Alaskan Man Found After Days-Long Battle With Grizzly Bear
A coast guard helicopter was on its way to a mission in west central Alaska when weather forced them to change their planned route by about a mile. This unexpected detour led to the discovery of a man who was waving frantically for help next to a shack that had “HELP” and “SOS” scratched on the metal roof.
The victim had severe leg injuries, was noticeably sleep deprived, and was waving a white flag on his hands and knees when the officers approached the area.
It was discovered that the man had been rescued from a multi-day grizzly bear attack at his remote mining claim – stating that after the bear initially attacked, it continued to come back to the shack each night in an attempt to “finish him off”. Although he did have a pistol, he was down to his last two rounds of ammunition and likely wouldn’t have lasted too much longer if the bear continued its pursuit.
The man reported that he was dragged down to a nearby river in the initial fight, and that he hadn’t slept in days while fending off the bear. He suffered injuries to his leg and torso, which made it difficult to escape for help. Although the man’s identity is being kept private, it was reported that he is in his late 50’s or early 60’s, and had been alone at the mining claim since July 12th with no phone service. He was reported missing by his friends a few days prior after failing to return to Nome, Alaska at his expected time.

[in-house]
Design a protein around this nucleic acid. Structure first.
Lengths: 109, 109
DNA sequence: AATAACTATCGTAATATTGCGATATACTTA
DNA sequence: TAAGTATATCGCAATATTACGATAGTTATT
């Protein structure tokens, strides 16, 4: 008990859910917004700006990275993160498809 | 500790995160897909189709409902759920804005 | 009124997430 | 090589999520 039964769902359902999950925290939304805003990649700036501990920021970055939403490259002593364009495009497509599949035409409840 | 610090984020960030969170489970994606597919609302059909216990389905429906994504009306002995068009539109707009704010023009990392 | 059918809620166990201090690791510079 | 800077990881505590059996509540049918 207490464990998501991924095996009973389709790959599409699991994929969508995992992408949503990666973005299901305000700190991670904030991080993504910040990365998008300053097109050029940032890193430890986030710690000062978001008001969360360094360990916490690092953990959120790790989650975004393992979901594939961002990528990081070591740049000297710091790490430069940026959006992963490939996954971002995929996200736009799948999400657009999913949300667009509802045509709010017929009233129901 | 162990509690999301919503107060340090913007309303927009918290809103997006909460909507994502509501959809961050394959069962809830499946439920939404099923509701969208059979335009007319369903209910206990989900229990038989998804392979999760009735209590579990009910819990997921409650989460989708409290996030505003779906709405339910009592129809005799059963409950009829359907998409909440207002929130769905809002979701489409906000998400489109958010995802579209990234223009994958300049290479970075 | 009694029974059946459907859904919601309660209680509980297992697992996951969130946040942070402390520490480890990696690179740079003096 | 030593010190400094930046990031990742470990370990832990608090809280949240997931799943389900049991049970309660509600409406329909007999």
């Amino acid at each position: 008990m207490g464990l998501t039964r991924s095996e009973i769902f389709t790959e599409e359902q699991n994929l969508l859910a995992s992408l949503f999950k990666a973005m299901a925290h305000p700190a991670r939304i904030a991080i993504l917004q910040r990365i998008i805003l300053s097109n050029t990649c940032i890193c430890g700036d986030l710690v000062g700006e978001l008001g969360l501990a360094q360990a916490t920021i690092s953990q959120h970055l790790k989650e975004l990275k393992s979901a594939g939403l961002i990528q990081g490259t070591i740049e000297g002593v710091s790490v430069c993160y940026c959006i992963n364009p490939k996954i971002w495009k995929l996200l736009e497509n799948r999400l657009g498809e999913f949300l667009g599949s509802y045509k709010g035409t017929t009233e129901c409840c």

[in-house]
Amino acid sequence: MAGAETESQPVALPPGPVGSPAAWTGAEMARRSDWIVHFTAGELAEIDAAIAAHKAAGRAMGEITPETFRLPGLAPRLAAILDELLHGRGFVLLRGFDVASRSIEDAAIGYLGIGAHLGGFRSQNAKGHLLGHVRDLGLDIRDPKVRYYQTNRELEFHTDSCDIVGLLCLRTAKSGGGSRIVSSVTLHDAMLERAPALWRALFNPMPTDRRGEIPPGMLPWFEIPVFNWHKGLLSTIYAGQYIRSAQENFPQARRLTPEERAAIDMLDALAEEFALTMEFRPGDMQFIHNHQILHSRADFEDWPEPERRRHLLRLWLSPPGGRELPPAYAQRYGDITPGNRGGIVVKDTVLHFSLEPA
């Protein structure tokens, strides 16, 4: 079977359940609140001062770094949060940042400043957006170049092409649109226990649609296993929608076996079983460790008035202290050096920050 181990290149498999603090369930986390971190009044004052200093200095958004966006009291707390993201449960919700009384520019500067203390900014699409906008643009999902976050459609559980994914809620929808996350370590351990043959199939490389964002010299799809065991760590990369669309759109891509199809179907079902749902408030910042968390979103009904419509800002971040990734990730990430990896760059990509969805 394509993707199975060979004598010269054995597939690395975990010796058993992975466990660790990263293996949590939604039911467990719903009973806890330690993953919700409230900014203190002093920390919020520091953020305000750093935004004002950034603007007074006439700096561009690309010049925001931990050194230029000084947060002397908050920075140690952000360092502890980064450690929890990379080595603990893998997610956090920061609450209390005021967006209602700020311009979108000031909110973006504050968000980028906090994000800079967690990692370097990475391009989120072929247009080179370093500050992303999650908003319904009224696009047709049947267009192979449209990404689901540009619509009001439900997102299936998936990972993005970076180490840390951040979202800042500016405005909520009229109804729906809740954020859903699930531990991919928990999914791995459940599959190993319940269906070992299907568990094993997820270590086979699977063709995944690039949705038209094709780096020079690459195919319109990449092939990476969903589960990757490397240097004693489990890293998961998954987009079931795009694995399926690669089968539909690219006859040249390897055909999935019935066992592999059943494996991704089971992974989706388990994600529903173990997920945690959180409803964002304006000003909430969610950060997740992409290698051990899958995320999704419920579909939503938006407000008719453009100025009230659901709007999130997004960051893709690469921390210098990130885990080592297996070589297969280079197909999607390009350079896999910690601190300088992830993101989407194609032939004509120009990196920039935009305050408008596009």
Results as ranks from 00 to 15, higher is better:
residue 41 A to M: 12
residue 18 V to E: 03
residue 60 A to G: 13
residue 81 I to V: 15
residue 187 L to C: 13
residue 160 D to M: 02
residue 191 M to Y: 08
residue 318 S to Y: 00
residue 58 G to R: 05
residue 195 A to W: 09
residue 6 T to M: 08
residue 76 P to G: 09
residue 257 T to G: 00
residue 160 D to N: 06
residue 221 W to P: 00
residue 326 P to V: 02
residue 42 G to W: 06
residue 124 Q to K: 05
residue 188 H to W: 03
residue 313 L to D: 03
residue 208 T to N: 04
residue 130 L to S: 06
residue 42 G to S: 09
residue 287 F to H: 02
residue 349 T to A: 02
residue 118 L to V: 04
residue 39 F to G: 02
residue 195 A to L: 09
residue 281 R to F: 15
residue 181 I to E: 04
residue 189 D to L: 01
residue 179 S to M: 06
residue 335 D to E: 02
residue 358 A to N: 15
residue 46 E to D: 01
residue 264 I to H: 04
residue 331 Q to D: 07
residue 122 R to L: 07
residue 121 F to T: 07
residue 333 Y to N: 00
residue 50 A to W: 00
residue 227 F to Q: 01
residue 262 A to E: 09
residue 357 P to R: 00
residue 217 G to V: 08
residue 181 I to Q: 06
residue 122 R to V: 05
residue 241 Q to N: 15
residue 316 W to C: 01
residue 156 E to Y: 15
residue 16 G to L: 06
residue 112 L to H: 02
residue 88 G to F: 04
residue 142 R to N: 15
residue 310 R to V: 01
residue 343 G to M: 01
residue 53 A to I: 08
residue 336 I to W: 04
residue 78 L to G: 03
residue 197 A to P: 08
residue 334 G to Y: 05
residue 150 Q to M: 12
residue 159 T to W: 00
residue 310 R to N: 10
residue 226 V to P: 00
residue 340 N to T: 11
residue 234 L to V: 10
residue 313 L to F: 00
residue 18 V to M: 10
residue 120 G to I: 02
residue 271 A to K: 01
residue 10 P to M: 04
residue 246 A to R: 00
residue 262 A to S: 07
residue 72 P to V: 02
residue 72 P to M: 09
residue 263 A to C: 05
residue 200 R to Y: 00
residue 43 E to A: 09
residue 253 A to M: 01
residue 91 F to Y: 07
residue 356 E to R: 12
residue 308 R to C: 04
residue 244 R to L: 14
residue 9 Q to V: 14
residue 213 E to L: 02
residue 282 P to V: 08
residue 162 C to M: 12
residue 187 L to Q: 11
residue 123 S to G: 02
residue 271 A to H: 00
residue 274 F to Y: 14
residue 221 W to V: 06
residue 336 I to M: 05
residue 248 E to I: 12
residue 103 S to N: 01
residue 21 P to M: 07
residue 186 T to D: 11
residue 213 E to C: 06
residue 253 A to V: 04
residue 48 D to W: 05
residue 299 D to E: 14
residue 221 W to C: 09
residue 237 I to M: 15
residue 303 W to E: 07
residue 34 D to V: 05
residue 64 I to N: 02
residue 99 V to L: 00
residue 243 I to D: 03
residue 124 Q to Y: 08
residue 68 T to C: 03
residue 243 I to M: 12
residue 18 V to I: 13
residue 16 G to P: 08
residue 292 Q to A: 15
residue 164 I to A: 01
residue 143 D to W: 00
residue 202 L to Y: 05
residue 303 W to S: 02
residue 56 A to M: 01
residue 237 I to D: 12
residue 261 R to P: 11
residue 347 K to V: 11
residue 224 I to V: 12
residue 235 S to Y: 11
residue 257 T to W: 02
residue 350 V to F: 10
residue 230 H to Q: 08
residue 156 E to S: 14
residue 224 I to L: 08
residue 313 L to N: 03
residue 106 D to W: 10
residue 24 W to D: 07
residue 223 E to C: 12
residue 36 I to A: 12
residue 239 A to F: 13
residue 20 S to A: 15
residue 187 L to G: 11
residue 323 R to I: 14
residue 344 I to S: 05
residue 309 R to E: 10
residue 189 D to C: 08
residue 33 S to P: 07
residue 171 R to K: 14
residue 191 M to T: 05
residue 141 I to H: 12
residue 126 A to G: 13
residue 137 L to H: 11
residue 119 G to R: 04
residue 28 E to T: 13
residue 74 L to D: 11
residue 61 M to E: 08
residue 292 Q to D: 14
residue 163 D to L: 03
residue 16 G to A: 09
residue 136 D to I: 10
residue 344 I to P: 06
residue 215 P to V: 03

It’s uncommon for helicopters to be flagged down for help in this remote part of Alaska, and Coast Guard Commander Carbajal, who aided with the rescue, said that “if (they) would have been in the next valley over, (they) would have totally missed him”.
Although grizzly bears are common in the area, a spokeswoman for the Coast Guard in Alaska said it’s unusual for a person to be harassed by a bear in this way. In fact, only 68 people were hospitalized for injuries resulting from a bear attack in Alaska between 2010-2017, and of those hospitalized, ten had died.
According to the Coast Guard, this tragic encounter serves as a reminder to always carry some form of emergency beacon or satellite phone when spending time in remote wilderness areas.
The victim was flown by the coast guard to a hospital in Nome, Alaska to be treated for his injuries, and he is expected to survive.
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